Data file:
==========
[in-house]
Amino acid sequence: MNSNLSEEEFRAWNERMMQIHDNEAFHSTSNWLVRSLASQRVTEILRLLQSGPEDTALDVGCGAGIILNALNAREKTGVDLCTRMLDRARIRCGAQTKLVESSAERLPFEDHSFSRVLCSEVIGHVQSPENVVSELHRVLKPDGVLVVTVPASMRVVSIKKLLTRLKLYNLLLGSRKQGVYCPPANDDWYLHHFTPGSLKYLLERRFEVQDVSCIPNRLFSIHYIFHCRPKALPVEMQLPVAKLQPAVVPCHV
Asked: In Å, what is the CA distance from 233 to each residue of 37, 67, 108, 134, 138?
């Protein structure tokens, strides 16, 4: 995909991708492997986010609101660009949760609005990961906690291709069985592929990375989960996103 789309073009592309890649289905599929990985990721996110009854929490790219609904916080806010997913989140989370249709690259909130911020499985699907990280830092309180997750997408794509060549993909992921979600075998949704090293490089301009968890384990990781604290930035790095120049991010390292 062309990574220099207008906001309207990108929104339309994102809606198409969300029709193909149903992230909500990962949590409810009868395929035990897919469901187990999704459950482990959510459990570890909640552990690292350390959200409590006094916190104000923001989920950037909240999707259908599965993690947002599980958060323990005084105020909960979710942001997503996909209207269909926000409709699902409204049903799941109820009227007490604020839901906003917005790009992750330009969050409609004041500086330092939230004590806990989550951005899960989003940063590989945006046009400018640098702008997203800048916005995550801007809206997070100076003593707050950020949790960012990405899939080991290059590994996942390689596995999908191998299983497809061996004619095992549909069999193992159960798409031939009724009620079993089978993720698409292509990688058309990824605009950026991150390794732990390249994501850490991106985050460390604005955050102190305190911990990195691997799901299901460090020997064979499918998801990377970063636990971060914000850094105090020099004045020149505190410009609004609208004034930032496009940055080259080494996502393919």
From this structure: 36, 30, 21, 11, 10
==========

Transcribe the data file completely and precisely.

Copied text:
[in-house]
Amino acid sequence: MNSNLSEEEFRAWNERMMQIHDNEAFHSTSNWLVRSLASQRVTEILRLLQSGPEDTALDVGCGAGIILNALNAREKTGVDLCTRMLDRARIRCGAQTKLVESSAERLPFEDHSFSRVLCSEVIGHVQSPENVVSELHRVLKPDGVLVVTVPASMRVVSIKKLLTRLKLYNLLLGSRKQGVYCPPANDDWYLHHFTPGSLKYLLERRFEVQDVSCIPNRLFSIHYIFHCRPKALPVEMQLPVAKLQPAVVPCHV
Asked: In Å, what is the CA distance from 233 to each residue of 37, 67, 108, 134, 138?
């Protein structure tokens, strides 16, 4: 995909991708492997986010609101660009949760609005990961906690291709069985592929990375989960996103 789309073009592309890649289905599929990985990721996110009854929490790219609904916080806010997913989140989370249709690259909130911020499985699907990280830092309180997750997408794509060549993909992921979600075998949704090293490089301009968890384990990781604290930035790095120049991010390292 062309990574220099207008906001309207990108929104339309994102809606198409969300029709193909149903992230909500990962949590409810009868395929035990897919469901187990999704459950482990959510459990570890909640552990690292350390959200409590006094916190104000923001989920950037909240999707259908599965993690947002599980958060323990005084105020909960979710942001997503996909209207269909926000409709699902409204049903799941109820009227007490604020839901906003917005790009992750330009969050409609004041500086330092939230004590806990989550951005899960989003940063590989945006046009400018640098702008997203800048916005995550801007809206997070100076003593707050950020949790960012990405899939080991290059590994996942390689596995999908191998299983497809061996004619095992549909069999193992159960798409031939009724009620079993089978993720698409292509990688058309990824605009950026991150390794732990390249994501850490991106985050460390604005955050102190305190911990990195691997799901299901460090020997064979499918998801990377970063636990971060914000850094105090020099004045020149505190410009609004609208004034930032496009940055080259080494996502393919």
From this structure: 36, 30, 21, 11, 10